Word must have reached Cape town of his abilities, for he was head-hunted for the joint posts of Professor, Dean of the Faculty of Music and Principal of the College of Music - for which he had unsuccessfully applied in 1939, and which had remained unfilled. His arrival created a stir. he sacked some of the staff and set about reinvigorating the entire department, in particular in reviving opera production.
It was an extraordinary opportunity. At last he was in command of an orchestra and had opportunities to conduct the Municipal Orchestra. His style was developing. The influence of the Far East lies behind his Hindustani Piano Concerto and the slow movement of his Violin Concerto was based on Rág Sohani and inspired by a Brahmin Hymn.
The Violin Concerto was premièred in Cape Town in 1952 by Szymon Goldberg and later that year at the Edinburgh International Festival with Max Rostal as soloist. Chisholm also brought many distinguished musicians to South Africa, including Eugene Goosens and Albert Coates. (In South Africa already).
But Chisholm never forgot his native Scotland and in his orchestral work Pictures from Dante he recycled music from his earlier ballet Piobaireachd matching it to images from Gustav Dore's illustration to Dante's Inferno.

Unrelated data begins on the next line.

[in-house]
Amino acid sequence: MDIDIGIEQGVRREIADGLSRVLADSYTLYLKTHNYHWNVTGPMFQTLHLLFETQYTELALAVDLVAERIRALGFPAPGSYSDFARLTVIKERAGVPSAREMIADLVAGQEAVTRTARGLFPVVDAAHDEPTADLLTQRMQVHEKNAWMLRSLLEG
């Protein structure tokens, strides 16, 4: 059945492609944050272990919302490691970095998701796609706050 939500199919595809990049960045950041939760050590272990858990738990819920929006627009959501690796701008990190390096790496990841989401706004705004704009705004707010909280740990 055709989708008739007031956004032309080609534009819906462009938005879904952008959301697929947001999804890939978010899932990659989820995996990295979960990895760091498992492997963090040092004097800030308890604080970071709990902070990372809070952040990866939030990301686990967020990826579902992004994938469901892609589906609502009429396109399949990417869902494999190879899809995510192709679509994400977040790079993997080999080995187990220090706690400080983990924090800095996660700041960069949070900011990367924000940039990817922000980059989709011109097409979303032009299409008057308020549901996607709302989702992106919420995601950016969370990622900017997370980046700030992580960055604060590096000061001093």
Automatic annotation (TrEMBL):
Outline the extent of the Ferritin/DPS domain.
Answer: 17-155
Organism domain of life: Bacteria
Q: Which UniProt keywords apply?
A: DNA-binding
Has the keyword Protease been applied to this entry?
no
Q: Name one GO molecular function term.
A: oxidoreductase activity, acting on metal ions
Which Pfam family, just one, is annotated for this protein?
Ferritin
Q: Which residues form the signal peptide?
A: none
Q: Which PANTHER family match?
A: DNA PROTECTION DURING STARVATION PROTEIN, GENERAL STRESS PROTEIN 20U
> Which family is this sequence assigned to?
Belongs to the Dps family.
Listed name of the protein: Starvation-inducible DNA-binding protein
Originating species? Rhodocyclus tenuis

Chisholm revelled in the Cape Town facilities - notably the University's Little Theatre which had been especially adapted for opera productions - for which he was able to compose operas in the knowledge that they would be performed.
Particularly successful were the one-act operas, Dark Sonnet and The Pardoners Tale - the latter a setting of Chaucer's middle English story of three rogues who are outwitted by an Old Man who turns out to be Death. The music for Dark sonnet, although not in strict 12-note style, is influenced by the Second Viennese School. It was composed in 14 scenes to match the sonnet form, while preserving Eugene O'Neill's Before Breakfast script. The Pardoner's Tale, by comparision, makes use of early mediaeval styles of music.